Here's where I worry about my son. Well, let's forget about my son; since I'm his mother, how can my judgments about him be anything but highly inflated and subjective? Instead let's suppose, for argument's sake, that you have a child who writes well, tests well, and does well in math and science classes, but is a bit of an underachiever, and lacks a resume stuffed with leadership roles. Let's suppose that a top college is deciding between your child and several others who do have resumes stuffed with leadership roles, as well as higher GPAs, equally high test scores, and equally well-written college essays? How is a college to know which of these applicants can really write, analyze, solve problems, and read critically? How do they know who may have had a homework tutor, parents who micromanaged the completion and handing in of homework assignments, intensive coaching on standardized tests, extra time on standardized tests because of ADHD or processing speed disorders, and/or a ghost writer for their college essay?


In other words, while top colleges surely have plenty of highly qualified college applicants to choose from, is there a way for them to identify who these applicants are?

Sunday, March 27, 2011

Home schooling: week 4

Highlights of the week include identifying and constructing independent and dependent clauses, completing the multiplying and dividing fractions unit of Singapore Math 5A, understanding more and more of the first 12 lessons of French in Action ("It's starting to sound like English"), and riding the train up to the grandparents with big brother for two intensive days of museuming and piano and violin practice with her veteran piano & violin teaching grandmother.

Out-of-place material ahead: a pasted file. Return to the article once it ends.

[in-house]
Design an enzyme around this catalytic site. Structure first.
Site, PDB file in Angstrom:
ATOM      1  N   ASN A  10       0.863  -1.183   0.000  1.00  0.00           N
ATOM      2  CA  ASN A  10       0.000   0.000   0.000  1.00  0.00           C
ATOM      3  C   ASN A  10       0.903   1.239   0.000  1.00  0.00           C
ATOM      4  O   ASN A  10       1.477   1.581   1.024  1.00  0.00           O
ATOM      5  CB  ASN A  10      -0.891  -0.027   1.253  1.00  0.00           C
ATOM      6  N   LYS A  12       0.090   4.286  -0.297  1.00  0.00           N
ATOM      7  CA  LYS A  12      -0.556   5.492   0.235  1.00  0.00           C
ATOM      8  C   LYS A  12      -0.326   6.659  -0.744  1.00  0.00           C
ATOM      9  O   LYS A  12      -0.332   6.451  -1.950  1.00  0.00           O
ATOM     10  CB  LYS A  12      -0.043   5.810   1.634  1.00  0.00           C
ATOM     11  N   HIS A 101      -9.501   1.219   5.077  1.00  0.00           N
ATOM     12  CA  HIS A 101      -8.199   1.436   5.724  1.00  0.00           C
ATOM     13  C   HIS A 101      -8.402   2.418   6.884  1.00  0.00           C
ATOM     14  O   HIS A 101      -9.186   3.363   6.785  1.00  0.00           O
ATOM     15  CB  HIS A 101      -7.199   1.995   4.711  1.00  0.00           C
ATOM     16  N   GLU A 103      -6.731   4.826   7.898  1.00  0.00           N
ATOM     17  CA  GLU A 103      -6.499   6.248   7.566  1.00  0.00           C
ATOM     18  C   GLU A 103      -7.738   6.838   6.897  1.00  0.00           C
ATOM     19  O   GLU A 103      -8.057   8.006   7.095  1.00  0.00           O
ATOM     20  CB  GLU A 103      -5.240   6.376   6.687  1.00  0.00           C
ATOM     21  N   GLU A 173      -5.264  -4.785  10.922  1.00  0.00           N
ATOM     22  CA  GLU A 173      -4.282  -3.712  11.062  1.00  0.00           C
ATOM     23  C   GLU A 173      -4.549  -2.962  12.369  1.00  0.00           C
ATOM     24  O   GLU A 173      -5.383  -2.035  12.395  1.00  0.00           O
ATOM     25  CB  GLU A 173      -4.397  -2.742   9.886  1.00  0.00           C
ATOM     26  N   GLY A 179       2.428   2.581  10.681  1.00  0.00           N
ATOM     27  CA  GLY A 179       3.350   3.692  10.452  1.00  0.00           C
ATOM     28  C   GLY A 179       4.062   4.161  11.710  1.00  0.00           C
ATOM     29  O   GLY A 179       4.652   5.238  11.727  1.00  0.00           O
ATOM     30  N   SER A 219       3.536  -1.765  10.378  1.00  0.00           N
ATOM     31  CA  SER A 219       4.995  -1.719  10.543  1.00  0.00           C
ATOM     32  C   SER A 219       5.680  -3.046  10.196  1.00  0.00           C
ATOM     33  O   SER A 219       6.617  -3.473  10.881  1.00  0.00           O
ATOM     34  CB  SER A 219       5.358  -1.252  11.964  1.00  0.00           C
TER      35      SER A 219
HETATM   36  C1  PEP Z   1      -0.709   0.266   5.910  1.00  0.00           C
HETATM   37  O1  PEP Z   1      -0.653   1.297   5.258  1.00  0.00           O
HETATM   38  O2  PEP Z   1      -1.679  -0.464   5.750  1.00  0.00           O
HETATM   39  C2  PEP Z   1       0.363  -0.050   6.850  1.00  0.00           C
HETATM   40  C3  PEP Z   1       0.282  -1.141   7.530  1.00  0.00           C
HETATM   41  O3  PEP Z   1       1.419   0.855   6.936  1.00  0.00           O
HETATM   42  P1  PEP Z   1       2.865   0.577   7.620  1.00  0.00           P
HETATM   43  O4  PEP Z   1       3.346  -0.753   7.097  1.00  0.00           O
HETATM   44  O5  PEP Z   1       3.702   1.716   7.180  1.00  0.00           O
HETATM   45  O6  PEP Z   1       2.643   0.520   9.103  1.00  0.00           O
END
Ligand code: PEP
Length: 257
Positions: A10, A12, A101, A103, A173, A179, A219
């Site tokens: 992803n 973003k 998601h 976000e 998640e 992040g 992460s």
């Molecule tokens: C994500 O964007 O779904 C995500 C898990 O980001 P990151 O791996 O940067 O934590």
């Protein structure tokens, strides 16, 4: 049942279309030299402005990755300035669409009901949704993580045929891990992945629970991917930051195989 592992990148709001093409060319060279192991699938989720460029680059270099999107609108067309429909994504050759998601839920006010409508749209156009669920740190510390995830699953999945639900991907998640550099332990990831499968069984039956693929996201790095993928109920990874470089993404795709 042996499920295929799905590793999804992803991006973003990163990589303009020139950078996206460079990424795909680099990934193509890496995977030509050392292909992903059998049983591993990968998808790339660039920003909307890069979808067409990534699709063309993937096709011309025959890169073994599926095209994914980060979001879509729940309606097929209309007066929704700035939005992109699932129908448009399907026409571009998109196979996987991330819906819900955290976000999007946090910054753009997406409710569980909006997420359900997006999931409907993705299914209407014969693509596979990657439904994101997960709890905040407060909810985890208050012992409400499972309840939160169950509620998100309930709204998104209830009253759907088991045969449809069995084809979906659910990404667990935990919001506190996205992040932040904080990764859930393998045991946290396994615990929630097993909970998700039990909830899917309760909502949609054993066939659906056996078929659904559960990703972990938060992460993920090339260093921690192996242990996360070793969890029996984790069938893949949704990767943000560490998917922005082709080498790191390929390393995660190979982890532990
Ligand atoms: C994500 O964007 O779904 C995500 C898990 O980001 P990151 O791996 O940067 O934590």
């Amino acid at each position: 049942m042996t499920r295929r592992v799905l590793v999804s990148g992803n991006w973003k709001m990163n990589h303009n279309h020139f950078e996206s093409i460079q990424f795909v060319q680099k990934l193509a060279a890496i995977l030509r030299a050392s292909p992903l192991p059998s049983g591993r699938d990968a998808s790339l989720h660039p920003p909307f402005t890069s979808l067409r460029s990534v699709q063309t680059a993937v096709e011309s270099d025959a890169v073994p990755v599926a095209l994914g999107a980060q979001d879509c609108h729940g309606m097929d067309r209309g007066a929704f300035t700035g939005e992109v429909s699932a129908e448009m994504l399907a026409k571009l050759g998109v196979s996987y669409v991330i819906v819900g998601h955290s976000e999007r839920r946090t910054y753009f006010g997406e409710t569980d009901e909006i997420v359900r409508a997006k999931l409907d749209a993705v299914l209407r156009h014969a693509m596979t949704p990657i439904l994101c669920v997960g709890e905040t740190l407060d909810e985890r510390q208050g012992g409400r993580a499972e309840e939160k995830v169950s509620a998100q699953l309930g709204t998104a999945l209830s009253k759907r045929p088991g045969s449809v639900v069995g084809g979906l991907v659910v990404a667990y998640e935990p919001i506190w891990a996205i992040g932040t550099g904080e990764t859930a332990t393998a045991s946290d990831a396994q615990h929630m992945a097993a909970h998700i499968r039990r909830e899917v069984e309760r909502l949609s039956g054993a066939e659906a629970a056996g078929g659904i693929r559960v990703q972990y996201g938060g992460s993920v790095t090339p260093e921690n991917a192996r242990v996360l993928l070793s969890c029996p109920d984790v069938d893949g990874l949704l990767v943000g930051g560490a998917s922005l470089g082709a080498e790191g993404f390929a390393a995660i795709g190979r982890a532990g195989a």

Isn't it great when you can take off to your grandparents' for several days and not miss any school?

Saturday, March 26, 2011

The potential of charter schools: still largely theoretical

My review of Diane Ravitch's "The Death and Life of the Great American School System" is now up at the Nonpartisan Education Review.  In it, I note that Ravitch doesn't fully appreciate the potential of charter schools:

Ravitch rightly describes charter schools as falling short on both measures, and as not, on average, providing a better alternative to public schools. What she doesn't admit, however, is that these shortcomings aren't inherent to charter schools per se, but largely result from the obstacles placed in their way by state governments and the education establishment. Since most states require that most charter school teachers be certified, it's hard for charters to avoid hiring teachers who haven't been indoctrinated by education schools. The lengthy and highly technical application that would-be charter school founders must submit can often be properly filled out only with substantial help from establishment insiders. Applicants must demonstrate in detail how the charter's curriculum will line up with those infamous, NCLB-inspired state standards. Many school districts limit the number of new charters they will license, and their highly political application process tends to favor insiders. School districts also limit enrollment and/or prevent expansion. Both of these factors force some charters to accept only a fraction of their applicants. Beyond all this, charters face many of the same regulatory burdens as existing schools, as well as, simultaneously, all of the challenges and startup costs that come with starting a new school without the logistical and initial financial support of the local school district.